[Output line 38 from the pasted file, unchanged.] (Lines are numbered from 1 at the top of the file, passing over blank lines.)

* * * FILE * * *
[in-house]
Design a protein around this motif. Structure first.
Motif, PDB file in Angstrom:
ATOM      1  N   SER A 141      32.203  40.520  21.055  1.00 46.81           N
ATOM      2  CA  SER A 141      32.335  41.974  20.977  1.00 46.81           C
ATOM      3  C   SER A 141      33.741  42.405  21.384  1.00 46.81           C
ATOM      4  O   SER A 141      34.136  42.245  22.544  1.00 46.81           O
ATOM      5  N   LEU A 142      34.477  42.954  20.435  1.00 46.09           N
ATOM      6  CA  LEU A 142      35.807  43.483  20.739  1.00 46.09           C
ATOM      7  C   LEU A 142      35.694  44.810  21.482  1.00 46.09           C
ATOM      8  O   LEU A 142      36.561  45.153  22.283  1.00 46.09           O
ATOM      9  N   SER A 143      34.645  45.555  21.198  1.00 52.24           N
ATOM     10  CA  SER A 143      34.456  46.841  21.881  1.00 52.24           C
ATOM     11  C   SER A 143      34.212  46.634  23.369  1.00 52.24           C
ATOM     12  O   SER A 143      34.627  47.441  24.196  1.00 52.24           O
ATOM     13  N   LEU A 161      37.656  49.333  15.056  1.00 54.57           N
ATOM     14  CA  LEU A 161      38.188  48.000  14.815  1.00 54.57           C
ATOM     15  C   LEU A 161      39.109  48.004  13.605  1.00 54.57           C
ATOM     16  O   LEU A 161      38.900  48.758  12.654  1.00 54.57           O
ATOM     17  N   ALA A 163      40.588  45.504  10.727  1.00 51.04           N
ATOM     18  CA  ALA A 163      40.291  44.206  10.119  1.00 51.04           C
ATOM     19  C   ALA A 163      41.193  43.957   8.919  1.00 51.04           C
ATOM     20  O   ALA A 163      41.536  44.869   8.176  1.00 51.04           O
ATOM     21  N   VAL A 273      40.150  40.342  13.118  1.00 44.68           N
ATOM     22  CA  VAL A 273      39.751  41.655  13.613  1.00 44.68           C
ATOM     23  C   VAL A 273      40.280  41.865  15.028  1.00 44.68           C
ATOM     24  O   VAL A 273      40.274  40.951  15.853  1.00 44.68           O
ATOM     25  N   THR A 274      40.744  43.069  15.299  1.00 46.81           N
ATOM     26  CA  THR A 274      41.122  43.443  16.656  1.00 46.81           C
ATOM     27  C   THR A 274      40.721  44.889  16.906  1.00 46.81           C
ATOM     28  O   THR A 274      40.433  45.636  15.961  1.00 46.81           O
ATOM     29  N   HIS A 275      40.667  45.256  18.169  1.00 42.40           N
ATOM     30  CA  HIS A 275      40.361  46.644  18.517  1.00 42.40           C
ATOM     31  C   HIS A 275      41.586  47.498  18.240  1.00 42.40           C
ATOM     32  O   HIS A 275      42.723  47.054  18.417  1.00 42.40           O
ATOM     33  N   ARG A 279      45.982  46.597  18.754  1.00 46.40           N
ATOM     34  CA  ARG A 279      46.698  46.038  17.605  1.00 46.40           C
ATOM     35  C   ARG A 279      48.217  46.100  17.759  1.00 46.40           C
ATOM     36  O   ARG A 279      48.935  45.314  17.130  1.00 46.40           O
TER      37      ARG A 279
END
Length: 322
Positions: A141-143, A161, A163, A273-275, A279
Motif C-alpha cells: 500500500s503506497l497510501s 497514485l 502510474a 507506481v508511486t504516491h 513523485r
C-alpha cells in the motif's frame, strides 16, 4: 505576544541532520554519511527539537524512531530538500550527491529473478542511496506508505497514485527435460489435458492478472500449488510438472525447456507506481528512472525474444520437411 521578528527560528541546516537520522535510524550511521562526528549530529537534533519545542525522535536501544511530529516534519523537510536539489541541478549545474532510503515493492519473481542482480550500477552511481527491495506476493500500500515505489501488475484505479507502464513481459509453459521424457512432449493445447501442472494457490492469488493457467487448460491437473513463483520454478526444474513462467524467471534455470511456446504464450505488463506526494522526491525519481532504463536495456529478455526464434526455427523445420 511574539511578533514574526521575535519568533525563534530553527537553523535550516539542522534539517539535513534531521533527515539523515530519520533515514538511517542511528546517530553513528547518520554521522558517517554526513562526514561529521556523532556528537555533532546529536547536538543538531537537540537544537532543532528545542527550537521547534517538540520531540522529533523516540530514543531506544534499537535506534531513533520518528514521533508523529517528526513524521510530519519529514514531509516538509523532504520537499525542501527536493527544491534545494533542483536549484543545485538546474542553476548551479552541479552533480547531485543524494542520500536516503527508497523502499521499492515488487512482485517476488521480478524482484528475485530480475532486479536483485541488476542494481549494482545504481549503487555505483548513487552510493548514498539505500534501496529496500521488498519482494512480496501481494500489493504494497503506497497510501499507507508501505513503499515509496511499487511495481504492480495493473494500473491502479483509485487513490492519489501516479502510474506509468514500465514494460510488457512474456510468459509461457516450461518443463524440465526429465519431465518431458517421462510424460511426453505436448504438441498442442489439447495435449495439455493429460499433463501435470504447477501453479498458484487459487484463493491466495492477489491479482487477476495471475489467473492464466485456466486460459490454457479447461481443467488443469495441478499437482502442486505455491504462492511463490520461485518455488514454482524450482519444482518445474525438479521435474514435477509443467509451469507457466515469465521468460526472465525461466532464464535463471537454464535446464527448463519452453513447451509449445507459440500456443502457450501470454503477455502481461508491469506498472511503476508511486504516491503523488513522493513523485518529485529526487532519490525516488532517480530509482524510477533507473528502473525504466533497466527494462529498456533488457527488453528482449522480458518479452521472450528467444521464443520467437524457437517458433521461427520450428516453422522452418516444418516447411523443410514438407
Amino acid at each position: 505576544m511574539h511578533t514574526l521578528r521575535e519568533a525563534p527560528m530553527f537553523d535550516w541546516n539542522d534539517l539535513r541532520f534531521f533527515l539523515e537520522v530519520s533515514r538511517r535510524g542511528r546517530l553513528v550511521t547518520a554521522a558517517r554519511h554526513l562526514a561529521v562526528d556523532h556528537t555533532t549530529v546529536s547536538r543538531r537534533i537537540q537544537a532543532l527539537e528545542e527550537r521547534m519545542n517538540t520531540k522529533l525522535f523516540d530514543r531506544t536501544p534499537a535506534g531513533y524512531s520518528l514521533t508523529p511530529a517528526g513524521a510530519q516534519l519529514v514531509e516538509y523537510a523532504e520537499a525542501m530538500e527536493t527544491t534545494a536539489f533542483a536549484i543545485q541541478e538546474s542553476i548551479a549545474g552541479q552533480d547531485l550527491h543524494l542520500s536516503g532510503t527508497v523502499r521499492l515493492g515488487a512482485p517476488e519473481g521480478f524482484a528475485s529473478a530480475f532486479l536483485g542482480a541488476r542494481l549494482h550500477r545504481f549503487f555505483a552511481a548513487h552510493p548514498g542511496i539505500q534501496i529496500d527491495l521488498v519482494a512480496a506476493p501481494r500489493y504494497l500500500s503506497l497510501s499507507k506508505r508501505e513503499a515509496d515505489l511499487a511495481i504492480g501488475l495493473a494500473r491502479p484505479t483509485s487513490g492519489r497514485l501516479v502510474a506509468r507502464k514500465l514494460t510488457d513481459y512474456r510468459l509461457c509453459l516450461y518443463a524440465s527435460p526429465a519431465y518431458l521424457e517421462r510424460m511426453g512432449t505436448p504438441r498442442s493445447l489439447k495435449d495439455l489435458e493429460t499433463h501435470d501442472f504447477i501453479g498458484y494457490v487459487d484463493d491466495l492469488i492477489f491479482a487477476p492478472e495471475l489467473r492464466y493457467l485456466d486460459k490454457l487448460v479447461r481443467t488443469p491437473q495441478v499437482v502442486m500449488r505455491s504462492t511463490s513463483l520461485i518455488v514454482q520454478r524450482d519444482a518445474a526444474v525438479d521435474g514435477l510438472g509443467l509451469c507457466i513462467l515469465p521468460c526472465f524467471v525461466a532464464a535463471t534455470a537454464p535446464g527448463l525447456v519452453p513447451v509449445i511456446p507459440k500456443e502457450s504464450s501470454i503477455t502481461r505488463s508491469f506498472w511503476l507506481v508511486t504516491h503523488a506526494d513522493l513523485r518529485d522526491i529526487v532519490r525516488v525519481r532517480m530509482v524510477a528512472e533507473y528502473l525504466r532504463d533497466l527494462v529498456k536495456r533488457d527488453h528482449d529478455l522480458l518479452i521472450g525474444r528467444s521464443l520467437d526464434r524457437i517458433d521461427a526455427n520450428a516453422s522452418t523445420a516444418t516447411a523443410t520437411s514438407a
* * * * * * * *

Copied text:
ATOM     35  C   ARG A 279      48.217  46.100  17.759  1.00 46.40           C